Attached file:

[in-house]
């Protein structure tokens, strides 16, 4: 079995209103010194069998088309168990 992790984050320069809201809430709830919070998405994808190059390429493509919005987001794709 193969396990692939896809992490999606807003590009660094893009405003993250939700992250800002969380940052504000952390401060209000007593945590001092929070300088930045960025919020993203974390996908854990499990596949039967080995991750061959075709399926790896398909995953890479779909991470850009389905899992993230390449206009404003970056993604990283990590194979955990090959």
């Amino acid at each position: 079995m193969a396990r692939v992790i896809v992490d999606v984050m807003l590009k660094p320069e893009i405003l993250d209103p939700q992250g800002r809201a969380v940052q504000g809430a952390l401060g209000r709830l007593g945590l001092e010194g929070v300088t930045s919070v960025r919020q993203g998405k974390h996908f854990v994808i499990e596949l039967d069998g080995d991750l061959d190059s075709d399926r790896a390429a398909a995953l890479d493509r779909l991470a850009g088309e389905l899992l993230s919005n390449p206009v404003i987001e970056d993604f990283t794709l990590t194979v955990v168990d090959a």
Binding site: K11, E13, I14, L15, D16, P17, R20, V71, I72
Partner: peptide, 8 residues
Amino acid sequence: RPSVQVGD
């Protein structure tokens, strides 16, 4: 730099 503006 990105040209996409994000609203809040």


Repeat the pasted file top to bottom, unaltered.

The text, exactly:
[in-house]
């Protein structure tokens, strides 16, 4: 079995209103010194069998088309168990 992790984050320069809201809430709830919070998405994808190059390429493509919005987001794709 193969396990692939896809992490999606807003590009660094893009405003993250939700992250800002969380940052504000952390401060209000007593945590001092929070300088930045960025919020993203974390996908854990499990596949039967080995991750061959075709399926790896398909995953890479779909991470850009389905899992993230390449206009404003970056993604990283990590194979955990090959």
């Amino acid at each position: 079995m193969a396990r692939v992790i896809v992490d999606v984050m807003l590009k660094p320069e893009i405003l993250d209103p939700q992250g800002r809201a969380v940052q504000g809430a952390l401060g209000r709830l007593g945590l001092e010194g929070v300088t930045s919070v960025r919020q993203g998405k974390h996908f854990v994808i499990e596949l039967d069998g080995d991750l061959d190059s075709d399926r790896a390429a398909a995953l890479d493509r779909l991470a850009g088309e389905l899992l993230s919005n390449p206009v404003i987001e970056d993604f990283t794709l990590t194979v955990v168990d090959a």
Binding site: K11, E13, I14, L15, D16, P17, R20, V71, I72
Partner: peptide, 8 residues
Amino acid sequence: RPSVQVGD
């Protein structure tokens, strides 16, 4: 730099 503006 990105040209996409994000609203809040």